The computer system may be a general purpose computer system which is programmable using a computer programming language such as the “C++” or JAVA languages or other language, such as a scripting language or even assembly language. The computer system may also be specially programmed, special purpose hardware. In a general purpose computer system, the processor is typically a commercially available processor, such as the series X86 and PENTIUM processors, available from Intel, similar devices from AMD and Cyrix, the 680X0 series microprocessors available from Motorola, and the POWERPC microprocessor from International Business Machines. Many other processors are available. Such a microprocessor executes a program called an operating system, of which the WINDOWSNT, WINDOWS95 or WINDOWS98, UNIX, LINUX, DOS, VMS, MACOS and OS8 operating systems are examples, which controls the execution of other computer programs and provides scheduling, debugging, input/output control, accounting, compilation, storage assignment, data management and memory management, communication control and related services. The processor and operating system define a computer platform for which application programs in high-level programming languages are written.
A memory system typically includes a computer readable and writeable nonvolatile recording medium, of which a magnetic disk, a flash memory and tape are examples. The disk may be removable, known as a floppy disk, or permanent, known as a hard drive. A disk has a number of tracks in which signals are stored, typically in binary form, i.e., a form interpreted as a sequence of one and zeros. Such signals may define an application program to be executed by the microprocessor, or information stored on the disk to be processed by the application program. Typically, in operation, the processor causes data to be read from the nonvolatile recording medium into an integrated circuit memory element, which is typically a volatile, random access memory such as a dynamic random access memory (DRAM) or static memory (SRAM). The integrated circuit memory element allows for faster access to the information by the processor than does the disk. The processor generally manipulates the data within the integrated circuit memory and then copies the data to the disk when processing is completed. A variety of mechanisms are known for managing data movement between the disk and the integrated circuit memory element, and the invention is not limited thereto. It should also be understood that the invention is not limited to a particular memory system.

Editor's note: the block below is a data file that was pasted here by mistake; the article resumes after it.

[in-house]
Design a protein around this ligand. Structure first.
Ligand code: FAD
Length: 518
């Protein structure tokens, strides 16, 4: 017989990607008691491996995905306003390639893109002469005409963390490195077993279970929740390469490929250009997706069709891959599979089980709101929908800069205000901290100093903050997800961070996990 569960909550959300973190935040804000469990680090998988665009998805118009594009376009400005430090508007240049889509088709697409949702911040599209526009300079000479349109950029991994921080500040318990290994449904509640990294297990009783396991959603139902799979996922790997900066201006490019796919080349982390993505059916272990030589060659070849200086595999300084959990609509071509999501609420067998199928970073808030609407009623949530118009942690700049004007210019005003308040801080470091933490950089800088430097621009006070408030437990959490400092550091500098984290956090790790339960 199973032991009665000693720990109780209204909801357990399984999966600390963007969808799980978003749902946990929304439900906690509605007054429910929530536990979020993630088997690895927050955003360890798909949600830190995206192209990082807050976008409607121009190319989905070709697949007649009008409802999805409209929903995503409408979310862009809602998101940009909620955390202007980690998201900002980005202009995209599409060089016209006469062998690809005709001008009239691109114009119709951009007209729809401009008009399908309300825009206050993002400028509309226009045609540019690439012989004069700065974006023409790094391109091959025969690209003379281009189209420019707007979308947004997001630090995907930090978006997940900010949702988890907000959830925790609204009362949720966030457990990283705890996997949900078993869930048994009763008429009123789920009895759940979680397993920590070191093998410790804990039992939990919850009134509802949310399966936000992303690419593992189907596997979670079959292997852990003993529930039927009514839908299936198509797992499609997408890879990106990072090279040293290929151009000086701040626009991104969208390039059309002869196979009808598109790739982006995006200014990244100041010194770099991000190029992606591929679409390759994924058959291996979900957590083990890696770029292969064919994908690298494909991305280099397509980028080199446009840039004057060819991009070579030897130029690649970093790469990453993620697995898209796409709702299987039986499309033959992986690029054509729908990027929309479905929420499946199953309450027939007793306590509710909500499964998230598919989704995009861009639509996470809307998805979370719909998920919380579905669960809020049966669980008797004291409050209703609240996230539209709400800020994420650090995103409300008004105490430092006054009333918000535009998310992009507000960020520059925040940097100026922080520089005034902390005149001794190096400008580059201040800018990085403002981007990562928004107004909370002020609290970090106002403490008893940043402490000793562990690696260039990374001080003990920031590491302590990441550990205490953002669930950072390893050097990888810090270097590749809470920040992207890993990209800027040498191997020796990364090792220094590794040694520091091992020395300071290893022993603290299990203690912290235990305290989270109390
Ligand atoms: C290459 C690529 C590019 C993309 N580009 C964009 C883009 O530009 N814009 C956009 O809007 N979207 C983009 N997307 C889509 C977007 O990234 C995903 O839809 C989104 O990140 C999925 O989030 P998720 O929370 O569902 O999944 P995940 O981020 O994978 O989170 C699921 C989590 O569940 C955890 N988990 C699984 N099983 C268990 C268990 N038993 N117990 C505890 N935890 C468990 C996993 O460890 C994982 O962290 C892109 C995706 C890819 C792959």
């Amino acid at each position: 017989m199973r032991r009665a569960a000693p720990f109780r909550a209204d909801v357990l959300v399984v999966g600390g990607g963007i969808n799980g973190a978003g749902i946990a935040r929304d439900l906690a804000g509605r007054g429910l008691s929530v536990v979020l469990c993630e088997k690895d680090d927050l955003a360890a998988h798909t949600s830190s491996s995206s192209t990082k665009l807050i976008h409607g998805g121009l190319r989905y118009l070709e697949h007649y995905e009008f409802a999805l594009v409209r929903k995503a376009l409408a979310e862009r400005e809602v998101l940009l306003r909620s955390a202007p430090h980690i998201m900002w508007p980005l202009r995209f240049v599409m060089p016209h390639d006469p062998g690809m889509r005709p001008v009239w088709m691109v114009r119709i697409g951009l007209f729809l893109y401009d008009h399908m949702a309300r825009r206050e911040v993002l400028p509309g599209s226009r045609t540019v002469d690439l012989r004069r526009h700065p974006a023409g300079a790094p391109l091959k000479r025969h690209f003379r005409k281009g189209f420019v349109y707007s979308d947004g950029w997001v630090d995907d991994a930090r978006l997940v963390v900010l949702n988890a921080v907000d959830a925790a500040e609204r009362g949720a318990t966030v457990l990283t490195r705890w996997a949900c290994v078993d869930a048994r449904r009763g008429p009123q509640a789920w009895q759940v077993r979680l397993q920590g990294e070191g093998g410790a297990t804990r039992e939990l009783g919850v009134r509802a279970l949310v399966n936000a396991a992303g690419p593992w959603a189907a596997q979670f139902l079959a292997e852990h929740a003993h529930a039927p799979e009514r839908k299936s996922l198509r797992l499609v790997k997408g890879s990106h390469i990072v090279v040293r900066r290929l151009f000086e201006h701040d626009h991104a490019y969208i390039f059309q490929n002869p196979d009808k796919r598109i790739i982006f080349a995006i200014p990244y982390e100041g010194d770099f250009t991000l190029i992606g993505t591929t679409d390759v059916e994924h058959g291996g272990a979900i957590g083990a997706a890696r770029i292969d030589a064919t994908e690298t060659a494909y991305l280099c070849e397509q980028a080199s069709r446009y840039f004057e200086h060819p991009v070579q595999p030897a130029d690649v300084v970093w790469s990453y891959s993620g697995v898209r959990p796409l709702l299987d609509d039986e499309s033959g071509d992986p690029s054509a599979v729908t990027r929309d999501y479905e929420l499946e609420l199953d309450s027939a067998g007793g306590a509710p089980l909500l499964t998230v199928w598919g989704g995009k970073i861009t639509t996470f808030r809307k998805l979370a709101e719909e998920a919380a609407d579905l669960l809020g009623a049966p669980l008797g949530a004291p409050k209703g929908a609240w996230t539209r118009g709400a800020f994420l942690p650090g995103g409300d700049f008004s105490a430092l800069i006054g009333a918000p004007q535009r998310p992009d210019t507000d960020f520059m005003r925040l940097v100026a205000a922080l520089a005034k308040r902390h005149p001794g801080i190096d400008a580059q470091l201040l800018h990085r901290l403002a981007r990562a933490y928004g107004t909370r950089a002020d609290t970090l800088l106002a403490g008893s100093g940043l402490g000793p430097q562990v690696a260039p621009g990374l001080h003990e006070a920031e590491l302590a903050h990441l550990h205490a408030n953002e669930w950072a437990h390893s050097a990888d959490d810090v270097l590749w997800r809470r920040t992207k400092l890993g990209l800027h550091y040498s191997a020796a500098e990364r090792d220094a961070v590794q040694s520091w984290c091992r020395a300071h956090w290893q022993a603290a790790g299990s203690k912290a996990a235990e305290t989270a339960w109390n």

Such a system may be implemented in software or hardware or firmware, or a combination of the three. The various elements of the system, either individually or in combination may be implemented as a computer program product tangibly embodied in a machine-readable storage device for execution by a computer processor. Various steps of the process may be performed by a computer processor executing a program tangibly embodied on a computer-readable medium to perform functions by operating on input and generating output. Computer programming languages suitable for implementing such a system include procedural programming languages, object-oriented programming languages, and combinations of the two.
The computer system is not limited to a particular computer platform, particular processor, or particular programming language. Additionally, the computer system may be a multi processor computer system or may include multiple computers connected over a computer network. Each step of FIG. 5 also may be separate modules of a computer program, or may be separate computer programs. Such modules may be operable on separate computers.
Having now described some embodiments, it should be apparent to those skilled in the art that the foregoing is merely illustrative and not limiting, having been presented by way of example only. Numerous modifications and other embodiments are within the scope of one of ordinary skill in the art and are contemplated as falling within the scope of the invention.
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|U.S. Classification||345/589, 358/520, 358/1.9, G9B/27.012, 382/169, 382/274|
|International Classification||H04N1/407, G11B27/034, H04N1/56, G03F3/08|
|Cooperative Classification||H04N1/4072, G11B27/034, H04N1/56|
|European Classification||H04N1/407B, G11B27/034, H04N1/56|